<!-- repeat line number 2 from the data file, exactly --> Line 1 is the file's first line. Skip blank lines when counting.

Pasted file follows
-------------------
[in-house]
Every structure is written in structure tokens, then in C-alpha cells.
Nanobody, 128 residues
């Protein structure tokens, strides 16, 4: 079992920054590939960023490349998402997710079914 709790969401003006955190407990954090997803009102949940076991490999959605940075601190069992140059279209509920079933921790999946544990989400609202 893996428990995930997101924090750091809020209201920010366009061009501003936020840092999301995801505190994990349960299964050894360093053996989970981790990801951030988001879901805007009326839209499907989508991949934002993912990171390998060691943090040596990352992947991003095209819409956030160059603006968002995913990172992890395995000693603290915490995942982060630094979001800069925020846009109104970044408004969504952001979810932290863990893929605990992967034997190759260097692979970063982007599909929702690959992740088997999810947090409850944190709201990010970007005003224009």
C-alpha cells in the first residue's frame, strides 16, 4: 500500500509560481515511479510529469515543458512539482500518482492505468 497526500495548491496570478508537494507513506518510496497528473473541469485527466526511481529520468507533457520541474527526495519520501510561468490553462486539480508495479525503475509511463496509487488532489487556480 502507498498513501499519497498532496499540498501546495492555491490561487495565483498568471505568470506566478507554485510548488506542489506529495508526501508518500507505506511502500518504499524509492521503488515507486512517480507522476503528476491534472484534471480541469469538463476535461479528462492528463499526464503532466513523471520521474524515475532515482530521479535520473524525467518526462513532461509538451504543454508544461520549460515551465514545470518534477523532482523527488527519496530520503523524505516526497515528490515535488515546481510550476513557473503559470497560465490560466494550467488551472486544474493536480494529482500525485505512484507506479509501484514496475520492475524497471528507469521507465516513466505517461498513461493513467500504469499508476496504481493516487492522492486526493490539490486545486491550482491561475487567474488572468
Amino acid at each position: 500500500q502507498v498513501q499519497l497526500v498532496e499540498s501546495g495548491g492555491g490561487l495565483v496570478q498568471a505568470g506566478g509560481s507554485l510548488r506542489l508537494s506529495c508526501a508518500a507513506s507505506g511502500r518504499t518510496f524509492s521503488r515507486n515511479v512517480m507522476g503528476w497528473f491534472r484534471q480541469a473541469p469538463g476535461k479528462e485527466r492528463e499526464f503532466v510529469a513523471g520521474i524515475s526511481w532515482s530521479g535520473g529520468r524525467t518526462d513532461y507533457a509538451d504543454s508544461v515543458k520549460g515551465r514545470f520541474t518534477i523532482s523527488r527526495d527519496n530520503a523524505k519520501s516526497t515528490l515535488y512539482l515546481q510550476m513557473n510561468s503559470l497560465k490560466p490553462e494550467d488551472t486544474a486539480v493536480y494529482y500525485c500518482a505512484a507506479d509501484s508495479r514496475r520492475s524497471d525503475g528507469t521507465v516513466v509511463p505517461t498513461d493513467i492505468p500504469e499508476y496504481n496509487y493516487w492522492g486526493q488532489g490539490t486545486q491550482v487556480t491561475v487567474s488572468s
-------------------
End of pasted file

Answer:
Every structure is written in structure tokens, then in C-alpha cells.